On the night meant to honor him and his five senior teammates on the Tolton Catholic football team, Johnny Cleek stood in his cleats on the sideline with his uniform pants on and the cast on his left arm hidden by a letterman jacket's sleeve.
Cleek broke his thumb making a tackle in the Trailblazers' home game three weeks ago. As the third-year team went on to claim its first consecutive wins – against Harrisburg on Oct. 4 and against Missouri Military Academy last week – Cleek could only watch.
Friday was Tolton football's first "senior night," and Cleek could still only watch his team (2-6) fall 48-0 to the Class 2 sixth-ranked South Callaway (7-1).
"I would've given anything to have been on that field tonight," Cleek said.
The chance to play football, he said, was one factor that brought him to Tolton when it first opened its doors three years ago.
"I wanted to go somewhere to really embrace my faith and then, also, the fact that they had football," he said. "It was something I always wanted to play but never had an opportunity to. So that made it a plus-plus."
Cleek caught the program's first long pass that led to its first ever touchdown in the squad's 2011 junior varsity debut. He became a versatile weapon for the Trailblazers, and they missed him on Friday as they surrendered 21 unanswered points to the Bulldogs after one quarter. At halftime, Tolton was trailing by 34.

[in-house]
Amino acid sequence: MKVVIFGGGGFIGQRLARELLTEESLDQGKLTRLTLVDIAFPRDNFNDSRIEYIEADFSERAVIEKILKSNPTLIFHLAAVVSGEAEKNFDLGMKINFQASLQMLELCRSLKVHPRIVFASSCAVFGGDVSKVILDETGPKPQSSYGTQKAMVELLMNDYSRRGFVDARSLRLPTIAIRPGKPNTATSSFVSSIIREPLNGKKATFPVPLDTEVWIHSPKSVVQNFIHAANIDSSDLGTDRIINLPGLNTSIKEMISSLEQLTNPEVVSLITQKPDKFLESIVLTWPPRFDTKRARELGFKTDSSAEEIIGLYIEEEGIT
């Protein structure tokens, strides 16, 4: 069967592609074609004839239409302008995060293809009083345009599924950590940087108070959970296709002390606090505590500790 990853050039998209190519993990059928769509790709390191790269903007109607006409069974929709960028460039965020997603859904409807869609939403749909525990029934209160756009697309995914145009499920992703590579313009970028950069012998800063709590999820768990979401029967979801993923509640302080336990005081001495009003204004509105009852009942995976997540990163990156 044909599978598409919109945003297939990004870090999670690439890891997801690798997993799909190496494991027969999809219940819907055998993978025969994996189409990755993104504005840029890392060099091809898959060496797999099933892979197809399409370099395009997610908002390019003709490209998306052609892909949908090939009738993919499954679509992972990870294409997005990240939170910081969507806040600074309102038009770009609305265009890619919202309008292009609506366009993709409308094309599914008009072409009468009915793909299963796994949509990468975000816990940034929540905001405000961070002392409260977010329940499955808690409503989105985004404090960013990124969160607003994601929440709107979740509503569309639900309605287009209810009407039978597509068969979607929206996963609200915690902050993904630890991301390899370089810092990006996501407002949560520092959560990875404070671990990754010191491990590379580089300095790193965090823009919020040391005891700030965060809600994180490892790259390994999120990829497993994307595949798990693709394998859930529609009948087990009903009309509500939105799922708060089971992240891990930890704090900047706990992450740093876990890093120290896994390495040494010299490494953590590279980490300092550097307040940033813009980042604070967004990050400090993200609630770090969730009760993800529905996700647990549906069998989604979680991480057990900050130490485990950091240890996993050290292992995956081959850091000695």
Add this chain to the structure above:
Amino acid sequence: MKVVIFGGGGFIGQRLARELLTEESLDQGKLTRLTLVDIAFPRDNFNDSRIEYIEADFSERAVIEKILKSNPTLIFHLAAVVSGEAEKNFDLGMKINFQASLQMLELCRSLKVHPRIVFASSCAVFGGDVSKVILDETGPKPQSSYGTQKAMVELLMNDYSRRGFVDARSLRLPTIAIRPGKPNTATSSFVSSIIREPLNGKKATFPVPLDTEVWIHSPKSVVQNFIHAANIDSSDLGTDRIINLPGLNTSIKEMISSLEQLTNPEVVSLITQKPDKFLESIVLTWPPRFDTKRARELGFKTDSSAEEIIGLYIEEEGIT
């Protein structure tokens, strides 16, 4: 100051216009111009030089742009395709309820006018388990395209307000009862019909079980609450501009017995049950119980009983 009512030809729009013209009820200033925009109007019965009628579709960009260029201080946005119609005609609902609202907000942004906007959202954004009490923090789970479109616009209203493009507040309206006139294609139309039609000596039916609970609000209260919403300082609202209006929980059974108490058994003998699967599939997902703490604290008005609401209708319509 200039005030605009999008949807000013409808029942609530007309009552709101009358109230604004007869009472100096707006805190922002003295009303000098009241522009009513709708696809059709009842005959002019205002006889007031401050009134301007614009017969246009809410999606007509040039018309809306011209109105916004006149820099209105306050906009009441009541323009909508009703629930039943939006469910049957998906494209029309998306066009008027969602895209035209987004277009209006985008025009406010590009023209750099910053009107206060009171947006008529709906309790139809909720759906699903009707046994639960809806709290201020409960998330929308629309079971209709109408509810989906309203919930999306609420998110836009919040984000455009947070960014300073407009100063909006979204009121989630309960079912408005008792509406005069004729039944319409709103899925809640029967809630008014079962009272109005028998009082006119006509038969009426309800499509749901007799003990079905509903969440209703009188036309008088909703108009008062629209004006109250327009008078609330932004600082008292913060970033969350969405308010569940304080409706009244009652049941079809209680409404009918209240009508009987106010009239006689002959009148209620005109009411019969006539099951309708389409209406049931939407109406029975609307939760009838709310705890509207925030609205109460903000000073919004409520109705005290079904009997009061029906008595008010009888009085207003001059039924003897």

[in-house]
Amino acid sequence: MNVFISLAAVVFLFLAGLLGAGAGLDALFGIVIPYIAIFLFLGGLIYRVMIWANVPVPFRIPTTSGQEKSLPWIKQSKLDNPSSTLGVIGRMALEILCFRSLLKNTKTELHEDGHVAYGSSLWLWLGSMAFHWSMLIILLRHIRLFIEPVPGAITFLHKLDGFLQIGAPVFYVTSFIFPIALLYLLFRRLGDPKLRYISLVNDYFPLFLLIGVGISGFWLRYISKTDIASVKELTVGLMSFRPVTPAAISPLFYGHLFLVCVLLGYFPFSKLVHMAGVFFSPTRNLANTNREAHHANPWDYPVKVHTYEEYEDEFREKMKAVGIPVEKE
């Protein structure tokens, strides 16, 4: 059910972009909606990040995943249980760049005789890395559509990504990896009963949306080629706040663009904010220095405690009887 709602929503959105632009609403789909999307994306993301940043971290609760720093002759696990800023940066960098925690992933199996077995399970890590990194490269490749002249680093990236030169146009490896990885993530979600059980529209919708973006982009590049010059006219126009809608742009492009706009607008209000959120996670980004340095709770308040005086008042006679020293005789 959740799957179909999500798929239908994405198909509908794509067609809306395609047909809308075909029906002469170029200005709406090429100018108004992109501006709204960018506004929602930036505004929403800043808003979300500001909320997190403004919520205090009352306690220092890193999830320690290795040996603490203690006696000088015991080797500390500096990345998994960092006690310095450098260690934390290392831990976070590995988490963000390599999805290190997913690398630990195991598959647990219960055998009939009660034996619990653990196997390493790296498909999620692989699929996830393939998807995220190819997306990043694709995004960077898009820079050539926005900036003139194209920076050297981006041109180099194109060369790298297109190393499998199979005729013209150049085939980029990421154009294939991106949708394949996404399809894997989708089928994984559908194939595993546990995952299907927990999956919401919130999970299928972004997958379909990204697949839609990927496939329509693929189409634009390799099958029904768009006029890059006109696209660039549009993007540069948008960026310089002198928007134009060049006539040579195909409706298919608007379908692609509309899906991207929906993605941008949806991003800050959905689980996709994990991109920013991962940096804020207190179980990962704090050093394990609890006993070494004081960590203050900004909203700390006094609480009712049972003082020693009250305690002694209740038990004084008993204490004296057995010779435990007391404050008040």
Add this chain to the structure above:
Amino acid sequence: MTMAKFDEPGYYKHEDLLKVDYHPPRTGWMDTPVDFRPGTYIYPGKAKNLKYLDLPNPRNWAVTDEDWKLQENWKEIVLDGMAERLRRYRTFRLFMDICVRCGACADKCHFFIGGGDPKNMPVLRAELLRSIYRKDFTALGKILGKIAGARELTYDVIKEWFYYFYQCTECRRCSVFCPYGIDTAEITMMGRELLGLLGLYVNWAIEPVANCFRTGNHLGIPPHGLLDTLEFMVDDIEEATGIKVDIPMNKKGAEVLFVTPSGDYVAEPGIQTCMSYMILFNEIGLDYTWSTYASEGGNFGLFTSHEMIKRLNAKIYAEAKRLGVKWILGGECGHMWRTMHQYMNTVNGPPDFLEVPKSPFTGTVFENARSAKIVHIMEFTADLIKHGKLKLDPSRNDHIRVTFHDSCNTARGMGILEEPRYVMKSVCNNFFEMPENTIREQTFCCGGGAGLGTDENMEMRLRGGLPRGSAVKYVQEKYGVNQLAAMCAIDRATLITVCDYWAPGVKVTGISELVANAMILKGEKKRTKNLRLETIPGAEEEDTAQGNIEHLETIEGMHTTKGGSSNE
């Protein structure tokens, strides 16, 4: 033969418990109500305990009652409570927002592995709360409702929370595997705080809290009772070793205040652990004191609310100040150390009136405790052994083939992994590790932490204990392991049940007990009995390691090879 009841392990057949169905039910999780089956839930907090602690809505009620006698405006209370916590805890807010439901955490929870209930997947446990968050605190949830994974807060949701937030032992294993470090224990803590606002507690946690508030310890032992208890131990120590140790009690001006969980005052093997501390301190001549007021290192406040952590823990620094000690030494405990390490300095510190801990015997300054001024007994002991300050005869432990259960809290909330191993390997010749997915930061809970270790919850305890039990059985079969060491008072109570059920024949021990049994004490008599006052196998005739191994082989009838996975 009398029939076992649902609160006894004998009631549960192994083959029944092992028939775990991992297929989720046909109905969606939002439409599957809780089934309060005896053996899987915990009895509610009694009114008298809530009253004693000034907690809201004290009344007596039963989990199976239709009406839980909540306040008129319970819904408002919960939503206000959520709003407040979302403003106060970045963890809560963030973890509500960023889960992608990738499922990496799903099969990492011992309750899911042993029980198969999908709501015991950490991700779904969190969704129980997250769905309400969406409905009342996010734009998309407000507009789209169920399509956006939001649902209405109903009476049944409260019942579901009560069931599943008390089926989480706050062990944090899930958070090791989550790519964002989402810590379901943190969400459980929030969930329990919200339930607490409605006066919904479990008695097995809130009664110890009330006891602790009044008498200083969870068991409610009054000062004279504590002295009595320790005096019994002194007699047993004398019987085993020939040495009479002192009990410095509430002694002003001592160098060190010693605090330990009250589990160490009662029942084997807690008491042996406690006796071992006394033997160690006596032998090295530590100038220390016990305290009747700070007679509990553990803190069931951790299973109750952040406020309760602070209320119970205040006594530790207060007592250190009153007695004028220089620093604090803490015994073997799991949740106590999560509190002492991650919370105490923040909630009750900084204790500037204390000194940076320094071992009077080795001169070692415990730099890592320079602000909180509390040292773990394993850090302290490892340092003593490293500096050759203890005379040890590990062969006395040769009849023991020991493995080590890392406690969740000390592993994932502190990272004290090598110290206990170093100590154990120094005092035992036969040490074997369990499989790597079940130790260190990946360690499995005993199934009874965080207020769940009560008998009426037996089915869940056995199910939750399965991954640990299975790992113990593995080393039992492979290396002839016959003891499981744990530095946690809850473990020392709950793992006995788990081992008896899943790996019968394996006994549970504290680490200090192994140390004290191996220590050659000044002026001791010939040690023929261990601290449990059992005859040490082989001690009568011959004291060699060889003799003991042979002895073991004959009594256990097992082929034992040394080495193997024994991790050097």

In the locker room afterward, Cleek was with his fellow seniors. They shared silence and hugs.
"Being a part of the Tolton community's really important, and the football team especially," said senior linebacker Anthony Cofano. "We're all brothers and it was hard to come out on the last night of playing on this field and lose that badly."
Still, Cofano spoke positively.
"You don't hear of many people saying, 'Oh, I was the first graduating class of any school,'" he said. "Next year, we'll be coming back for homecoming and we're gonna see all the people we played with and were around. I don't know, its just kinda cool."
Tolton coach Chad Masters said he's been proud of where the program has gone in three years. The two wins this season is the team's most and its shown its best offensive production.
"We're light years ahead of where people thought we would be. This senior class is a big part of that and will always have a special place in this program's history," he said.
Cleek has been there from the beginning, Masters said.
"He's an unbelievable kid, an unbelievable kid," Masters said. "A lot of times as coaches we talk about making a difference in a kids life, (but) sometimes kids make a difference in our lives, in our program's lives."
Cleek will remain on the sidelines for the season's final two games.
"There's a lot of guys I'm proud of on this time and a lot of guys are fighting still," Cleek said. "It wasn't a pretty game, but I didn't see my teammates quitting. And that's what makes me proud as a senior, to see the future of this program's gonna keep fighting."
Supervising editor is Nina Pantic.